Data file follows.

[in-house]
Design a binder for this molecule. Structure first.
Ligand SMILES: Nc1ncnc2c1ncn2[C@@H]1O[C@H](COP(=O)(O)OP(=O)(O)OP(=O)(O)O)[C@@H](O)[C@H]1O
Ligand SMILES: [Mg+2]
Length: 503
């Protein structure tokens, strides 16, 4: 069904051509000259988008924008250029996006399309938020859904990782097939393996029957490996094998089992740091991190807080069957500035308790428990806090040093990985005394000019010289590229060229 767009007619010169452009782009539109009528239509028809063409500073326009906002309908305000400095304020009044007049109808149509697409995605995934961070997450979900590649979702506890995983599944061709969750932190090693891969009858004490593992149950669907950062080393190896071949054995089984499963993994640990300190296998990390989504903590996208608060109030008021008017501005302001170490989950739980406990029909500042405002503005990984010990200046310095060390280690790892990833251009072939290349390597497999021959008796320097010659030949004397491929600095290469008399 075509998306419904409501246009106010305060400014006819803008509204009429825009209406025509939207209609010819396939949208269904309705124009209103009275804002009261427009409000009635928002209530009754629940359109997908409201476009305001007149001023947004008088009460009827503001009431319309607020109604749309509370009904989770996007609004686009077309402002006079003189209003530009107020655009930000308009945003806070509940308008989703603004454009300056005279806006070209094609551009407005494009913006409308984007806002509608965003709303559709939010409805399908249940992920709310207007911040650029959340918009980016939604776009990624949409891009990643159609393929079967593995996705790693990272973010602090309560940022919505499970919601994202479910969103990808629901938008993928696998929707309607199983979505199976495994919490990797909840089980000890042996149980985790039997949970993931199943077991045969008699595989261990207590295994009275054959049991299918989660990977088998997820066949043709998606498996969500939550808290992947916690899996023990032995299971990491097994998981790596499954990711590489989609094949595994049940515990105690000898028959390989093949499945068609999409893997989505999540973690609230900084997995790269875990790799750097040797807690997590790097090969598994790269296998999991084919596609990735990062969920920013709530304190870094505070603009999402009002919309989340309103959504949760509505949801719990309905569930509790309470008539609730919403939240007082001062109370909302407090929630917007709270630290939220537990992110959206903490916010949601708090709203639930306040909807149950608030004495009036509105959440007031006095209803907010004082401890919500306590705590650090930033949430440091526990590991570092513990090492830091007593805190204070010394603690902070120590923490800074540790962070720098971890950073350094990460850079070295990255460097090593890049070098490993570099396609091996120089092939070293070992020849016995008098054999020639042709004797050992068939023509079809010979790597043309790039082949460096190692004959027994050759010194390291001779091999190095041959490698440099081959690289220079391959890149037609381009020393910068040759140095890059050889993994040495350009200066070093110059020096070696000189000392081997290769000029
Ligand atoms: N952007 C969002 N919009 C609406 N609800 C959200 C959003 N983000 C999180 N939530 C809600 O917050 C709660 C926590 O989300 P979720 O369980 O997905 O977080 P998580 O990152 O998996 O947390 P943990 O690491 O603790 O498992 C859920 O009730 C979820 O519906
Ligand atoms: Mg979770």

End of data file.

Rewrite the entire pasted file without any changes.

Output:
[in-house]
Design a binder for this molecule. Structure first.
Ligand SMILES: Nc1ncnc2c1ncn2[C@@H]1O[C@H](COP(=O)(O)OP(=O)(O)OP(=O)(O)O)[C@@H](O)[C@H]1O
Ligand SMILES: [Mg+2]
Length: 503
């Protein structure tokens, strides 16, 4: 069904051509000259988008924008250029996006399309938020859904990782097939393996029957490996094998089992740091991190807080069957500035308790428990806090040093990985005394000019010289590229060229 767009007619010169452009782009539109009528239509028809063409500073326009906002309908305000400095304020009044007049109808149509697409995605995934961070997450979900590649979702506890995983599944061709969750932190090693891969009858004490593992149950669907950062080393190896071949054995089984499963993994640990300190296998990390989504903590996208608060109030008021008017501005302001170490989950739980406990029909500042405002503005990984010990200046310095060390280690790892990833251009072939290349390597497999021959008796320097010659030949004397491929600095290469008399 075509998306419904409501246009106010305060400014006819803008509204009429825009209406025509939207209609010819396939949208269904309705124009209103009275804002009261427009409000009635928002209530009754629940359109997908409201476009305001007149001023947004008088009460009827503001009431319309607020109604749309509370009904989770996007609004686009077309402002006079003189209003530009107020655009930000308009945003806070509940308008989703603004454009300056005279806006070209094609551009407005494009913006409308984007806002509608965003709303559709939010409805399908249940992920709310207007911040650029959340918009980016939604776009990624949409891009990643159609393929079967593995996705790693990272973010602090309560940022919505499970919601994202479910969103990808629901938008993928696998929707309607199983979505199976495994919490990797909840089980000890042996149980985790039997949970993931199943077991045969008699595989261990207590295994009275054959049991299918989660990977088998997820066949043709998606498996969500939550808290992947916690899996023990032995299971990491097994998981790596499954990711590489989609094949595994049940515990105690000898028959390989093949499945068609999409893997989505999540973690609230900084997995790269875990790799750097040797807690997590790097090969598994790269296998999991084919596609990735990062969920920013709530304190870094505070603009999402009002919309989340309103959504949760509505949801719990309905569930509790309470008539609730919403939240007082001062109370909302407090929630917007709270630290939220537990992110959206903490916010949601708090709203639930306040909807149950608030004495009036509105959440007031006095209803907010004082401890919500306590705590650090930033949430440091526990590991570092513990090492830091007593805190204070010394603690902070120590923490800074540790962070720098971890950073350094990460850079070295990255460097090593890049070098490993570099396609091996120089092939070293070992020849016995008098054999020639042709004797050992068939023509079809010979790597043309790039082949460096190692004959027994050759010194390291001779091999190095041959490698440099081959690289220079391959890149037609381009020393910068040759140095890059050889993994040495350009200066070093110059020096070696000189000392081997290769000029
Ligand atoms: N952007 C969002 N919009 C609406 N609800 C959200 C959003 N983000 C999180 N939530 C809600 O917050 C709660 C926590 O989300 P979720 O369980 O997905 O977080 P998580 O990152 O998996 O947390 P943990 O690491 O603790 O498992 C859920 O009730 C979820 O519906
Ligand atoms: Mg979770």